Moore-212007
pbs
November 27, 2007
9:50
SOLUTIONS TO ODD-NUMBERED EXERCISES
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CHAPTER 1
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1.1
Answers will vary.
1.3
(a)
The bars can be drawn in any order since major is a categorical variable.
(b)
The percents add to 98.5%, so a pie chart would not be appropriate without
a category for Other.
1.5
The histogram is unimodal and fairly symmetric except for a high outlier (Toyota
Prius at 51). The range of the data without the outlier is 19 to 37 mpg.
1.7
(a)
See solutions to Exercise 1.5.
(b)
The Rolls-Royce Phantom (19 mpg) and
Mercedes-Benz E55 AMG (21 mpg) have the lowest mileage. However, there
are no low outliers.
1.9
(a)
It is fairly symmetric with one low outlier. Excluding the low outlier, the
spread is from about
−
18% to 18%.
(b)
About 1%.
(c)
Smallest is about
−
18%
and the largest is about 18%.
(d)
About 35% to 40%.
1.11
From the stemplot, the center is $28 and the spread is from $3 to $93. There are
no obvious outliers. Examination of the stemplot shows the distribution is clearly
right-skewed. With or without split stems, the conclusions are the same.
1.13
(a)
and
(b)
are bar graphs.
(c)
One example of how to do this is by using the
“clustered bar graph” on SPSS.
1.15
(a)
The top ±ve are Texas, Minnesota, Oklahoma, Missouri, and Illinois. The
bottom ±ve are Alaska, Puerto Rico, Rhode Island, Nevada, and Vermont.
(b)
The
distribution is strongly unimodal and right-skewed with a large peak in the 0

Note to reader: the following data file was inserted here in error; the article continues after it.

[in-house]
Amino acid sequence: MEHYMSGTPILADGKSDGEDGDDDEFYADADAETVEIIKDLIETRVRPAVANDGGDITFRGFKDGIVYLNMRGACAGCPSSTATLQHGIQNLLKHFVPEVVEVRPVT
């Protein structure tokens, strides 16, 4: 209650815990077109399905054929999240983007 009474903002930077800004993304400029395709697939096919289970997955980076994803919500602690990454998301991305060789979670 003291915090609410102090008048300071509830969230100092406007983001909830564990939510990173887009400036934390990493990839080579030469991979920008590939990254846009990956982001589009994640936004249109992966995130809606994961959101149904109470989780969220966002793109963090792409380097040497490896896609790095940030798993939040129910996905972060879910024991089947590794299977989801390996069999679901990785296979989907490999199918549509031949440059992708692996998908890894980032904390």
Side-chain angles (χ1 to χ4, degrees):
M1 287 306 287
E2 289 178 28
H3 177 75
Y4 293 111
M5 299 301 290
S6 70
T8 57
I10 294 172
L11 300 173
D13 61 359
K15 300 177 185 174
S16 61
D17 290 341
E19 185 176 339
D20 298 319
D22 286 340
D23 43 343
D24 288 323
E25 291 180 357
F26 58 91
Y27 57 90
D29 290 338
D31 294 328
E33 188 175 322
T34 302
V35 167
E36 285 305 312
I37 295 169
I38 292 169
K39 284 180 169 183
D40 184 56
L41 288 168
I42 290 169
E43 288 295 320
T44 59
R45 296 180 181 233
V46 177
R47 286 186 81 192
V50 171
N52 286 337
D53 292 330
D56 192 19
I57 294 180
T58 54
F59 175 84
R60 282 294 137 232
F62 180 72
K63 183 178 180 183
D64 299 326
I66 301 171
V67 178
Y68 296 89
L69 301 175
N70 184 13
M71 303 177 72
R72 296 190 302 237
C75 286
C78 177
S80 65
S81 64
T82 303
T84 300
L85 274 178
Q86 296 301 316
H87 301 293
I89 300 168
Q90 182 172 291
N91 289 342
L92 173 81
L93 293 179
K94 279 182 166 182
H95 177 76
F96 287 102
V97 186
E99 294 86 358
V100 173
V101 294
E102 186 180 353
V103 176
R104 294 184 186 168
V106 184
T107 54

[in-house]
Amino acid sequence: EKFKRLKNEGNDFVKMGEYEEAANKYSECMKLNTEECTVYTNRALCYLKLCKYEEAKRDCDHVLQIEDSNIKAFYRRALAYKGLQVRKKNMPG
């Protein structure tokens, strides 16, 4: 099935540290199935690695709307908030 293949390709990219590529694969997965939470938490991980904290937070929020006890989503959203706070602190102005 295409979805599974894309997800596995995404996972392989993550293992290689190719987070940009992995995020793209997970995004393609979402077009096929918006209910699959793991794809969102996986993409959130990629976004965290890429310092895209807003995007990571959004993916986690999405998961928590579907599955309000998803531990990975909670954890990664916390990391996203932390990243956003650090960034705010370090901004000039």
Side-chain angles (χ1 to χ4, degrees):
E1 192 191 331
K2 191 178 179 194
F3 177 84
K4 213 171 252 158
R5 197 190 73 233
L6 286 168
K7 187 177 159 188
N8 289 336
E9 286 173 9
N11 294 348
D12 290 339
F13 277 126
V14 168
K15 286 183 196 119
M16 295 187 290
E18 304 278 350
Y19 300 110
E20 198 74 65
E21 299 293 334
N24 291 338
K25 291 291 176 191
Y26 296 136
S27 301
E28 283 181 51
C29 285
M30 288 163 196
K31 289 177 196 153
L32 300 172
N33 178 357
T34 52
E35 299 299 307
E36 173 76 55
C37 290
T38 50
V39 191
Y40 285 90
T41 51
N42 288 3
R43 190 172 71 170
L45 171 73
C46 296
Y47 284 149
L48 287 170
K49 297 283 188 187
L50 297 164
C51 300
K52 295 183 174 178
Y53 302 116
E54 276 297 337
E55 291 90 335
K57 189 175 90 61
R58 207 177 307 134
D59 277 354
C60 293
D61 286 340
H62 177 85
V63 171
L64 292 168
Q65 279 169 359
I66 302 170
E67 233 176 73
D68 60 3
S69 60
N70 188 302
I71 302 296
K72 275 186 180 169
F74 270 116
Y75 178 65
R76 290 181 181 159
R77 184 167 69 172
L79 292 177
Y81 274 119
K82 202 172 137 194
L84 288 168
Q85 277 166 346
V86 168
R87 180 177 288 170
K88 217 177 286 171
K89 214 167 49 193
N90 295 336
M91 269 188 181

≤
damage
<
10 group. The range is 0 to 90. The three states with the most damage
(Texas, Minnesota, and Oklahoma) may be outliers.
(c)
Answers will vary.
1.17
(a)
Alaska has 5.7% and Florida has 17.6% older residents.
(b)
The distribution
is unimodal and symmetric with a peak around 13%. Without Alaska and Florida,
the range is 8.5% to 15.6%.
1.19
GM had more complaints than Toyota each year, but both companies seem to
have fewer complaints in general over time.
1.21
(a)
The individuals are the different cars.
(b)
The variables are vehicle type (cate-
gorical), transmission type (categorical), number of cylinders (can be considered
categorical because the number of cylinders divides the cars into only a few
categories), city MPG (quantitative), and highway MPG (quantitative).
1.23
(a)
The different public mutual funds are the individuals.
(b)
The variables “cate-
gory” and “largest holding” are both categorical, while the variables “net assets”
and “year-to-date return” are quantitative.
(c)
Net assets are in millions of dollars,
and year-to-date return is given as a percent.
1.25
Some possible variables are cost of living, taxes, utility costs, number of similar
facilities in the area, and average age of residents in the location.
S-1